While on a job in Roosevelt, Utah, I had one day off so I met up with John in Telluride to tackle Dallas Peak, the last of the three 5th class Centennials I still needed to do. It took me much longer to drive all the way to the Mill Creek Trailhead where John was waiting and we didn't get started until around 10am. Luckily the weather forecast called for perfect sunshine. We started up the Mill Creek Trail, and after a half mile or so we turned right and continued up to a nice meadow where we saw Dallas Peak for the first time. We continued what appeared to be the wrong direction as the trail headed away from the peak for a bit. However it was the right way as it made a gradual ascent up a broad ridge well to the west of the large waterfall and cliff bands blocking easy access up Mill Creek. As we hiked higher, the town of Telluride and the airport became visible, as well as the Wilson Group. Just past treeline, we crossed a small creek, then left the trail when we were right below the steep south face of the mountain.
We ascended moderately steep grass and scree directly towards the large cliffs guarding the south face. We reached a large ledge and followed it to the right around the base of the cliffs until we reached a gully that went straight up towards the summit block. We ascended this hideous gully directly to the small saddle in the east ridge shortly below the summit block. This made for a quick and efficient route to the east ridge without going way east and gaining the ridge well away from the summit like the standard route does. We followed cairns up the east ridge, and scrambled up a small rock band and reached the infamous cannon hole. This feature is hidden in a deep gully just east of the highest summit block (which is the center peak of the 3 you see when approaching the summit area). We scrambled directly under the truck size chockstone, climbed through the cannon hole, and gained the ledge on the other side. From here, we walked this ledge leftward, descended 50 feet or so and found the summit pitch. Since this was now on the north side of the peak, there was a little fresh snow. I put my harness on and tied into the rope as John belayed me. I led the pitch quickly placing only a couple pieces. I found a nice horn to sling as an anchor and belayed John up.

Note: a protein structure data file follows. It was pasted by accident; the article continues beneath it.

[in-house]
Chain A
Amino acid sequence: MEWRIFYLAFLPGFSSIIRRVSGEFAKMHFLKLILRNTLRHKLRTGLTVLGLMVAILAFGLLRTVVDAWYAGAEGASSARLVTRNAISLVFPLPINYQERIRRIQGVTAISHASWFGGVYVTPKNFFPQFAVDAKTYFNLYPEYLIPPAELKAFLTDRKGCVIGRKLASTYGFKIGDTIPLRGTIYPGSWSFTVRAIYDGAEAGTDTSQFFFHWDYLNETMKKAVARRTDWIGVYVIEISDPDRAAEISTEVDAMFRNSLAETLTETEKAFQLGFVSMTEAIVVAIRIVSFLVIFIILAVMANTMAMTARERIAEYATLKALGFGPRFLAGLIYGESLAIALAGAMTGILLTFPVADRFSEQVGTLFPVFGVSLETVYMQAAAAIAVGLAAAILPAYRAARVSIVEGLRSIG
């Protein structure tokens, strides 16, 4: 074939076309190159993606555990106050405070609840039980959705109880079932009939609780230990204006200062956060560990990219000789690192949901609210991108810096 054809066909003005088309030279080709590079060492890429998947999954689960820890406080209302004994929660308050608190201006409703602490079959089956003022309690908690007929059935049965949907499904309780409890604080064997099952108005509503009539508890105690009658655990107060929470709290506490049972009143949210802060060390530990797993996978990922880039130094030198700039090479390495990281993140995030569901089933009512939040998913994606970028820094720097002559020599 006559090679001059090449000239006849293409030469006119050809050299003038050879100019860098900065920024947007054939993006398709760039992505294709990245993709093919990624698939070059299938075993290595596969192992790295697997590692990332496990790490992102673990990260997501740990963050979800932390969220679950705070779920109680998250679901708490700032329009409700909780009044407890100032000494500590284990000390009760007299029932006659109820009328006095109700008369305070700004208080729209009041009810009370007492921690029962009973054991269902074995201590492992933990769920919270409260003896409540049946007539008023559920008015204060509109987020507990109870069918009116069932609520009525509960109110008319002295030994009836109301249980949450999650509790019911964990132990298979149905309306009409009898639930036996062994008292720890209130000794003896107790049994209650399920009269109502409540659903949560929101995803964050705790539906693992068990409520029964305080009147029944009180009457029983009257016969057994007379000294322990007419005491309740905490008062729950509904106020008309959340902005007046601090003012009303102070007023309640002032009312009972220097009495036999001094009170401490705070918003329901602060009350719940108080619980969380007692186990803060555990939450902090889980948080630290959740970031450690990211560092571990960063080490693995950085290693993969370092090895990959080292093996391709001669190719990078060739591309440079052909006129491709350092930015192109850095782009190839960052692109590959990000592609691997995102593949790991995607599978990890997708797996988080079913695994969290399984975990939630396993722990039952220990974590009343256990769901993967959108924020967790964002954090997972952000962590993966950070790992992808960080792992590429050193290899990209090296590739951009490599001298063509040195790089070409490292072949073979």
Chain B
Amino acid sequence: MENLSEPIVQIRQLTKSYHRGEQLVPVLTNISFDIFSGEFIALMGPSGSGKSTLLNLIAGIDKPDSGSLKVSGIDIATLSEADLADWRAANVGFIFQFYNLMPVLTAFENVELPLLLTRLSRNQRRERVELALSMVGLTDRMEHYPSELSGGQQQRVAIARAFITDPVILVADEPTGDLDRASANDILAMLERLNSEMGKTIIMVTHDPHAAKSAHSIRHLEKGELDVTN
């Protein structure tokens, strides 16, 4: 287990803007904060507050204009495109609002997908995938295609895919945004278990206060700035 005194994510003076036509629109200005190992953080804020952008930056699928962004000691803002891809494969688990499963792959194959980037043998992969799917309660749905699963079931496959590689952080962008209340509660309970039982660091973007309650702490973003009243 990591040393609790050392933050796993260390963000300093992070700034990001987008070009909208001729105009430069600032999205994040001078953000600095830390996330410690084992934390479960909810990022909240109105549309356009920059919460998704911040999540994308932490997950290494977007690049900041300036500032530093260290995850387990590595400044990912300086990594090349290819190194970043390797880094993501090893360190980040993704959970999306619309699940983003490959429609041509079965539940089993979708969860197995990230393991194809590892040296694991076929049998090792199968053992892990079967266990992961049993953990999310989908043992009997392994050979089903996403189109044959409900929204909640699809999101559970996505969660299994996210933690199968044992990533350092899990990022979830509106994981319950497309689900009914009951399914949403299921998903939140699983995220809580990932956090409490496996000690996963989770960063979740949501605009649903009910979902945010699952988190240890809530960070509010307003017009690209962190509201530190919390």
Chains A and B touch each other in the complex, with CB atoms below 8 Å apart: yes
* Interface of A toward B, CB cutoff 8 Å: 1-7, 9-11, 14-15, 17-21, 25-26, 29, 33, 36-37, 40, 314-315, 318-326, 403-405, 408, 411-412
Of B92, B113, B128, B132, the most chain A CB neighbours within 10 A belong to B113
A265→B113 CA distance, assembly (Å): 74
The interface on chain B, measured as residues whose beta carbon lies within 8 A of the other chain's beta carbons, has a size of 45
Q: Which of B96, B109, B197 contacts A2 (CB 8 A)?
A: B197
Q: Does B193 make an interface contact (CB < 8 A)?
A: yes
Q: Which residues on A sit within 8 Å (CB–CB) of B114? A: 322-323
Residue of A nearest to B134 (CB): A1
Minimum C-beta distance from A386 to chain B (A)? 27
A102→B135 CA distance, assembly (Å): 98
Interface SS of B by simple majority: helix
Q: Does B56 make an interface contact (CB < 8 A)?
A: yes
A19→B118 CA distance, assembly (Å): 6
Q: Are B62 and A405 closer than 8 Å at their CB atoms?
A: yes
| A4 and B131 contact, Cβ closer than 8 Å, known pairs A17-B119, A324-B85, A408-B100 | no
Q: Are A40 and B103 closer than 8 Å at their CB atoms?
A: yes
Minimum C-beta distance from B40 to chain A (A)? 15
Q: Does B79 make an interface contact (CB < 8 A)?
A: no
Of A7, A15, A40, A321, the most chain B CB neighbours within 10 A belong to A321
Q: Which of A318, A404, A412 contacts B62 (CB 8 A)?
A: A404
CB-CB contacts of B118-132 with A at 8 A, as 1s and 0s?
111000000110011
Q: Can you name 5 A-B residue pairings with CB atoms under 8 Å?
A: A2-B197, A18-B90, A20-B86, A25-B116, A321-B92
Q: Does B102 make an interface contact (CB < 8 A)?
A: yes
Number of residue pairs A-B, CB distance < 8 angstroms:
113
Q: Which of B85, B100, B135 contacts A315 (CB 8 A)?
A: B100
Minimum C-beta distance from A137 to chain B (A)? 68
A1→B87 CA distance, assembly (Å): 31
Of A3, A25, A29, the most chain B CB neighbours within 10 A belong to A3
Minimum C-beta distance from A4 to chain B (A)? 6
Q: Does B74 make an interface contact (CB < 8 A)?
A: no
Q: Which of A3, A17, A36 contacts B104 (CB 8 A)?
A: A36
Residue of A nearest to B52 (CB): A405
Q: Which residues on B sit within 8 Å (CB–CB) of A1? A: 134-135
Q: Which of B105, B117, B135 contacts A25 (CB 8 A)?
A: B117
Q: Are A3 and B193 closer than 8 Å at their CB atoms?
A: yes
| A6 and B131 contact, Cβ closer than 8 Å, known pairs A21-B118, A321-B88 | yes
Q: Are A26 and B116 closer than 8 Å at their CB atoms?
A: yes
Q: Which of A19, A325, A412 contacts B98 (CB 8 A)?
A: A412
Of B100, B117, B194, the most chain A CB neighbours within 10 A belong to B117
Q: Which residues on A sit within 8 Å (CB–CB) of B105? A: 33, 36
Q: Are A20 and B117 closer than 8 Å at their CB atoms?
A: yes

We reached the summit around 3pm I believe and spent a half hour up there enjoying the views of Mount Sneffels, the Wilson Group, and the Weminuche. Just about all the San Juan peaks were visible on this crystal clear day! After a snack, I located the bomber rappel anchor on the east side of the summit block, fed the rope and we rapped down using out 60 meter rope in one clean rappel. Many people rappel back through the cannon hole between the truck size chockstone and the cliff face however I ended up throwing the rope over the chockstone making the final bit of the rappel free hanging. That sure was scary on my 7.5 millimeter half rope!
For the descent, we decided to try and take the Stans Shortcut route. It was a bad idea. We didn't really have the best idea where it was and while we were able to reach the creek easily enough, when we reached the waterfall we started heading around it to the west side and found ourselves cliffed out. After reviewing the photo of the guidebook page I had, I noticed we had to cross over to the east side of the large waterfall and locate a small goat trail. This provided a way down through the sandstone cliffs but put us way to the east. Descending through the forest afterward was easy but longer than we anticipated and we were wondering if we somehow missed the trail.
Eventually though, we met back up with the small meadow where we first saw Dallas Peak on the hike in and saw the only other people of the day. A couple hunters were scouting for animal trends for the upcoming hunting season. From here, the hike to the car just took about a half hour and just before sunset we reached it. Since my hiking shoes are a little bit too small, my feet were hurting. John and I met for dinner in Montrose at which point, around 11pm, he drove back to Denver and I returned to Roosevelt to work.